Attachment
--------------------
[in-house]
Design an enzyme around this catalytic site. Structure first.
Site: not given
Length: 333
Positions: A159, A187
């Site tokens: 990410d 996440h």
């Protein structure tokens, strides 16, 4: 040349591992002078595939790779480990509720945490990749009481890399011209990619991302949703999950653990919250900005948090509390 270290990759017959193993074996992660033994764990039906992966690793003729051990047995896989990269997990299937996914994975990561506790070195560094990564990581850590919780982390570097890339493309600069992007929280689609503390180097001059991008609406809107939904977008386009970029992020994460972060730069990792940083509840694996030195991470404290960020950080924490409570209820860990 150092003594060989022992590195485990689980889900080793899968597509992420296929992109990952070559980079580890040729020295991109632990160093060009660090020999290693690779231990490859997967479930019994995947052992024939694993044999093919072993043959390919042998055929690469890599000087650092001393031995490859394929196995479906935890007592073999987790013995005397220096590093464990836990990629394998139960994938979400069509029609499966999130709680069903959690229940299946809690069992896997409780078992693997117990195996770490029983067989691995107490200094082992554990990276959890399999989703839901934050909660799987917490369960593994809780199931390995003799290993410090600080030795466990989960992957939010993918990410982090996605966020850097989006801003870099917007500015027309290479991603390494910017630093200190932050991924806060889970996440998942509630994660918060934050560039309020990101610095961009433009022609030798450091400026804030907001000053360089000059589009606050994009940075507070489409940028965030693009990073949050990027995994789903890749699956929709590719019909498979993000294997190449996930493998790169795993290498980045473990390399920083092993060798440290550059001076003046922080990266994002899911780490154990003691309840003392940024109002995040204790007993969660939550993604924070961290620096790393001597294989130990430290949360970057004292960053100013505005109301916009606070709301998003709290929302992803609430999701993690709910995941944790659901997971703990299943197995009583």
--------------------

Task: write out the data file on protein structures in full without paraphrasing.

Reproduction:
[in-house]
Design an enzyme around this catalytic site. Structure first.
Site: not given
Length: 333
Positions: A159, A187
């Site tokens: 990410d 996440h």
């Protein structure tokens, strides 16, 4: 040349591992002078595939790779480990509720945490990749009481890399011209990619991302949703999950653990919250900005948090509390 270290990759017959193993074996992660033994764990039906992966690793003729051990047995896989990269997990299937996914994975990561506790070195560094990564990581850590919780982390570097890339493309600069992007929280689609503390180097001059991008609406809107939904977008386009970029992020994460972060730069990792940083509840694996030195991470404290960020950080924490409570209820860990 150092003594060989022992590195485990689980889900080793899968597509992420296929992109990952070559980079580890040729020295991109632990160093060009660090020999290693690779231990490859997967479930019994995947052992024939694993044999093919072993043959390919042998055929690469890599000087650092001393031995490859394929196995479906935890007592073999987790013995005397220096590093464990836990990629394998139960994938979400069509029609499966999130709680069903959690229940299946809690069992896997409780078992693997117990195996770490029983067989691995107490200094082992554990990276959890399999989703839901934050909660799987917490369960593994809780199931390995003799290993410090600080030795466990989960992957939010993918990410982090996605966020850097989006801003870099917007500015027309290479991603390494910017630093200190932050991924806060889970996440998942509630994660918060934050560039309020990101610095961009433009022609030798450091400026804030907001000053360089000059589009606050994009940075507070489409940028965030693009990073949050990027995994789903890749699956929709590719019909498979993000294997190449996930493998790169795993290498980045473990390399920083092993060798440290550059001076003046922080990266994002899911780490154990003691309840003392940024109002995040204790007993969660939550993604924070961290620096790393001597294989130990430290949360970057004292960053100013505005109301916009606070709301998003709290929302992803609430999701993690709910995941944790659901997971703990299943197995009583």